While there is nothing wrong with a girl striving to celebrate and accentuate her feminine beauty, it becomes a problem when she emphasizes her outsides over her inner character. I remind brides of this at weddings when I read from I Peter 3:3-4. Peter reminds women of something that parents should regularly remind their daughters: “Your beauty should not come from outward adornment, such as braided hair and the wearing of gold jewelry and fine clothes. Instead, it should be that of your inner self, the unfading beauty of a gentle and quiet spirit, which is of great worth in God's sight.” There is so much more to beauty than what is on the outsides.
2. It Impacts How Men See Them
Guys are visual, having a God-given propensity to fixate on sexual beauty. This awareness of girls and their sexual attractiveness is what draws a man to a mate and keeps him coming back to her. However, this tendency has a dark side. What God designed to powerfully attract Adam to Eve unfortunately makes Adam keenly aware of all the other Eves around him. For most, this tempts men to look at other women, sometimes to the point of entertaining lustful thoughts. In some cases, though, it can lead to foolish decisions that result in significant sexual sins. But in every case, it represents a struggle that author Steven Arterburn correctly calls “Every Man’s Battle.”
While young men are universally aware of this struggle and
reality, young women are typically divided into three different camps regarding
their knowledge of it and the part that modesty plays. One group knows that men
are visual and they play into it, dressing as sexy as possible. A larger group
is entirely oblivious, dressing however they want, thinking it doesn’t matter.
A third group is aware of how men think and dress in a way that strives to
honor and protect those around them. We must train our girls to operate and live in this third group.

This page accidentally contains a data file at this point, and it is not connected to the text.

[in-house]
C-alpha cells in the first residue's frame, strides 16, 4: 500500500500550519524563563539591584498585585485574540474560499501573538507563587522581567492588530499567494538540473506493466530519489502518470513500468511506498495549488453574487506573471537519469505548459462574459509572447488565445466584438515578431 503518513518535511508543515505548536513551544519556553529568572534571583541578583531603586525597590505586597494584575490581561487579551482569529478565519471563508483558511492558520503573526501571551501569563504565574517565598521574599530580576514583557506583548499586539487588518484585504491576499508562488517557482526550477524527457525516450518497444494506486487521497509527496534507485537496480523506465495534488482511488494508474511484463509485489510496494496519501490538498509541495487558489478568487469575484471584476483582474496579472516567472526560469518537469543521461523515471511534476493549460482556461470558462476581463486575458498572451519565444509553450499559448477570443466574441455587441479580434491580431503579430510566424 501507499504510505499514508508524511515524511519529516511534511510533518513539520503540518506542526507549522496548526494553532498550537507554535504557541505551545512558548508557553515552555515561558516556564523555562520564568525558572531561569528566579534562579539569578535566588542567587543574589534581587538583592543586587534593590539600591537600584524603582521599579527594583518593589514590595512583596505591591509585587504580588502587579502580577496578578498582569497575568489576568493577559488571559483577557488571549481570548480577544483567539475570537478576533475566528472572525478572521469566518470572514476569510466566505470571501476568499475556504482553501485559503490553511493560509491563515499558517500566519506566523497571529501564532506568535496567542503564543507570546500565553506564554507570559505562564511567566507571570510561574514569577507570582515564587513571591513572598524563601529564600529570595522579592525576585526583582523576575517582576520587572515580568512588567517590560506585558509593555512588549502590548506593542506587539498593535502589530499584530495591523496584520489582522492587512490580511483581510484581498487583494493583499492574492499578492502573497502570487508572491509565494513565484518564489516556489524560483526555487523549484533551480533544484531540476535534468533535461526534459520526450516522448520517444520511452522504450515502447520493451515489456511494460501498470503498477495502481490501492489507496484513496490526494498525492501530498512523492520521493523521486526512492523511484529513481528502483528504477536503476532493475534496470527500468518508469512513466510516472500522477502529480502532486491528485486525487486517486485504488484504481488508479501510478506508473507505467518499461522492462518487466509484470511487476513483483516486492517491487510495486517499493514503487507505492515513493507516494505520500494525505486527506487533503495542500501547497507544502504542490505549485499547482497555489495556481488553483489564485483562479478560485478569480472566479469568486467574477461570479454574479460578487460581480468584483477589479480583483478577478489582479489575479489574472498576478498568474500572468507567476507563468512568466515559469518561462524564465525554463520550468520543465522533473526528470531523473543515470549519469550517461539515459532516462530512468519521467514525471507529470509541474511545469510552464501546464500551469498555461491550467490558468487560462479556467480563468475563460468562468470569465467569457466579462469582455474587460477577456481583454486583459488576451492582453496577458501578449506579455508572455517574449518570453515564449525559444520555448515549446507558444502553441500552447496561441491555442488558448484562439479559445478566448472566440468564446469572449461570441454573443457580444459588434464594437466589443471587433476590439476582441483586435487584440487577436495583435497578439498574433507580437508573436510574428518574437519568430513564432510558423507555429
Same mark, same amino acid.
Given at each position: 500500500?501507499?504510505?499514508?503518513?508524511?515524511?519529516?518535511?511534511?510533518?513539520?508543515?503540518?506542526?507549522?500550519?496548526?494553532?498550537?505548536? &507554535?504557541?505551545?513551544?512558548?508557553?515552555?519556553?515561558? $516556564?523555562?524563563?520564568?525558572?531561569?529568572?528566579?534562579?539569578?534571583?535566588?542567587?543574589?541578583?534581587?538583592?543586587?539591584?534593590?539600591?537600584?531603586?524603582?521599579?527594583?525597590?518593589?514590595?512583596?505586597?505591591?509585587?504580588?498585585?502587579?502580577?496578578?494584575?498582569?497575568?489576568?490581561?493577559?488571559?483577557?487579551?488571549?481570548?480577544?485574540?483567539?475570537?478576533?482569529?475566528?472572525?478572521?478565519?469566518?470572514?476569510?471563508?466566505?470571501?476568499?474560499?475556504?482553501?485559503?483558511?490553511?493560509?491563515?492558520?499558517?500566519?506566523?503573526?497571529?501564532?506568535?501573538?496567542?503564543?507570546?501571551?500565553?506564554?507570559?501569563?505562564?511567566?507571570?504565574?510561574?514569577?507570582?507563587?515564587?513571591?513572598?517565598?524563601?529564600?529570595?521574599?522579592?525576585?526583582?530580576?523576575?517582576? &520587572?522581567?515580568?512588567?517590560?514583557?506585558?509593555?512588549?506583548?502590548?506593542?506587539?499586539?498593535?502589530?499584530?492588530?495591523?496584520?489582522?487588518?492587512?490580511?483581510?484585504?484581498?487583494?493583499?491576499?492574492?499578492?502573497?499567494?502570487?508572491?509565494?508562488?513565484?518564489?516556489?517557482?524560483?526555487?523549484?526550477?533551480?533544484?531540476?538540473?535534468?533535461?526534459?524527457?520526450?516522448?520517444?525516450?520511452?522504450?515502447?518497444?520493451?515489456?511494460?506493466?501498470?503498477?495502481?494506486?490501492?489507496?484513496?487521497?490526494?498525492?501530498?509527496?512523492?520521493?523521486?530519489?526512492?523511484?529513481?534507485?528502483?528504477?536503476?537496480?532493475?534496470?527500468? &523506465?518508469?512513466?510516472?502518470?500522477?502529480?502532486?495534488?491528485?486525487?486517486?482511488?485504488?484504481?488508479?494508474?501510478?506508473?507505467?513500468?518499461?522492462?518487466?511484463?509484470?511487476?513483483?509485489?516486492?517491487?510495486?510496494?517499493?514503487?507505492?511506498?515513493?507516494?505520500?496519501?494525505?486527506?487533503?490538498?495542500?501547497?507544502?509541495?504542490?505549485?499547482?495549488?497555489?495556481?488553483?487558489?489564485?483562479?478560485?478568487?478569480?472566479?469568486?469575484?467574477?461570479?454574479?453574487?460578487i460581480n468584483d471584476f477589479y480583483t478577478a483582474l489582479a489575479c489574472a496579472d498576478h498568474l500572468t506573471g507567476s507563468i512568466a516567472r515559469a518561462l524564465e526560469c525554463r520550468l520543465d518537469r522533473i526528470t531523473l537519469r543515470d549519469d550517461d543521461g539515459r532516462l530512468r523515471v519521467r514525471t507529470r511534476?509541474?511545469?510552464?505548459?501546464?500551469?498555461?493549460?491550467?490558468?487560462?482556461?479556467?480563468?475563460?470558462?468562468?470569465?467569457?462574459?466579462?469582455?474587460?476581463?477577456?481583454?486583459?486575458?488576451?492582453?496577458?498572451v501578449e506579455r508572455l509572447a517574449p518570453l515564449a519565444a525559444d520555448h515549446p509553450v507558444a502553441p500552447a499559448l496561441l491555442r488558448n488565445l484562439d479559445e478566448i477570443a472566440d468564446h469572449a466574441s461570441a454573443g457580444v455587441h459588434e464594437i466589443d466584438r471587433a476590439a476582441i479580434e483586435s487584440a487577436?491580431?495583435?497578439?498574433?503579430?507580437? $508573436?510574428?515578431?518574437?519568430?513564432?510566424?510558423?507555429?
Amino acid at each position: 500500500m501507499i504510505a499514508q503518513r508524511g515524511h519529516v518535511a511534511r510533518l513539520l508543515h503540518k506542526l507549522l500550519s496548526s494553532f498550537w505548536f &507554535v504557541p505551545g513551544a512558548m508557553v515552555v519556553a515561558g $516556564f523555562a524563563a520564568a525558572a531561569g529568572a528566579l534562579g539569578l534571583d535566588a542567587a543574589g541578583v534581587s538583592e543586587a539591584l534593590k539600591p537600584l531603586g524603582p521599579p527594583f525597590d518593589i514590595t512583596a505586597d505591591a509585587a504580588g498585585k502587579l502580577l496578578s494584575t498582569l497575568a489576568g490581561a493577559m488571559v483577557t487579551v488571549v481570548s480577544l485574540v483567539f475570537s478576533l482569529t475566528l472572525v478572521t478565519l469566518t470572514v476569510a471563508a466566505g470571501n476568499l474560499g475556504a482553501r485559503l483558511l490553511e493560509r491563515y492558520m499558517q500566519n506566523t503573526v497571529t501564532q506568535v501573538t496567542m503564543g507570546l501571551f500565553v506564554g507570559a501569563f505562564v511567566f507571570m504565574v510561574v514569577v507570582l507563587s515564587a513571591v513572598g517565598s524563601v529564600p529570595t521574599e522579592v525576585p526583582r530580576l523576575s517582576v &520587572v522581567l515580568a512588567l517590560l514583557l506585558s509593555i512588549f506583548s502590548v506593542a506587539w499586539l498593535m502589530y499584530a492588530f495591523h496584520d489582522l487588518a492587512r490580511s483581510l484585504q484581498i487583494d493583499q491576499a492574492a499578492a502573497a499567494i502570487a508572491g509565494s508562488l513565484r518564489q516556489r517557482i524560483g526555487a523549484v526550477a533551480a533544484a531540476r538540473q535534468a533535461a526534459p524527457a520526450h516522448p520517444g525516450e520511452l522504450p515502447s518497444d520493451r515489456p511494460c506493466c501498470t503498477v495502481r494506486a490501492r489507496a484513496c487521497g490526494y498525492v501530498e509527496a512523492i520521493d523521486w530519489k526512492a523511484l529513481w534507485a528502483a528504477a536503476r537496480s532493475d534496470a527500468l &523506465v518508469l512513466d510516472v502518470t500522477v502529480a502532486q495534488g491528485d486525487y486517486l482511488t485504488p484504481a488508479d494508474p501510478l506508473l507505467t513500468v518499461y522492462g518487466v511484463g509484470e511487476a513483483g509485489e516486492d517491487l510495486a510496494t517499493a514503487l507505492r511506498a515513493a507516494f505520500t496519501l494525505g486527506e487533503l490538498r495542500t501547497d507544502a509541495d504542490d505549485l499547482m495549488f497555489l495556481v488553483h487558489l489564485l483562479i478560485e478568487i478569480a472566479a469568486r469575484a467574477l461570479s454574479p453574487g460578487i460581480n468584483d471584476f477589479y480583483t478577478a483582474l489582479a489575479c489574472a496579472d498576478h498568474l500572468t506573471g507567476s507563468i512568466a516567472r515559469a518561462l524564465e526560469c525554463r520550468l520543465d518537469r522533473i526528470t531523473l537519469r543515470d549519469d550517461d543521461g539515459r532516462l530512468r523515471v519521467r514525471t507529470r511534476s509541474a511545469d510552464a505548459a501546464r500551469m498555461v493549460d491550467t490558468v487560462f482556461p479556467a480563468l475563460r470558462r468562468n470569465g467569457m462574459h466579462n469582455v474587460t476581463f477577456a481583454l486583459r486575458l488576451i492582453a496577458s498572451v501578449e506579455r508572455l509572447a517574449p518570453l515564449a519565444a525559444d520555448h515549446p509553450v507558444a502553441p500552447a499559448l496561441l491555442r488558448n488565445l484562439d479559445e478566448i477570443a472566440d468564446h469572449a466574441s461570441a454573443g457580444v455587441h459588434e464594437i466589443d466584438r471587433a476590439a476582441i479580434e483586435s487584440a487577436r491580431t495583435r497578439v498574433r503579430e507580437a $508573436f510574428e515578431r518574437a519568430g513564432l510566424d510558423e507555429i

3. It Impacts How They Reflect God
Ephesians 5:3 gives a basic target for believers to aim for: “But among you there must not be even a hint of sexual immorality, or of any kind of impurity, or of greed, because these are improper for God’s holy people.” While this passage doesn’t talk specifically about clothes, many of the styles that are common in women’s fashion work against this basic command. Even if the wearer is naïve and has no thoughts of sexuality, they can potentially lead men to immediately think of nothing but thoughts of a sexual nature.
While it is easy to write off Paul’s directive as oppressive and legalistic, I don’t think his point is to suppress the liberties of the individual believer. Instead, it is as if Paul is saying, “Don’t outwardly show off your sexuality because it’s not who you are.” Or even better: “It doesn’t reflect Whose you are.” If we are called to be holy by God and enabled to be holy by the cross, then this inner holiness should be evident when people look at us. Granted, Jesus had much to say to the Pharisees who looked good on the outside yet had corrupt hearts on the inside. Reflecting God’s character must always start deep inside our hearts and lives, but it should also be evident on the impressions that we make on people.
So what do you think of Victoria's Secret's new campaign?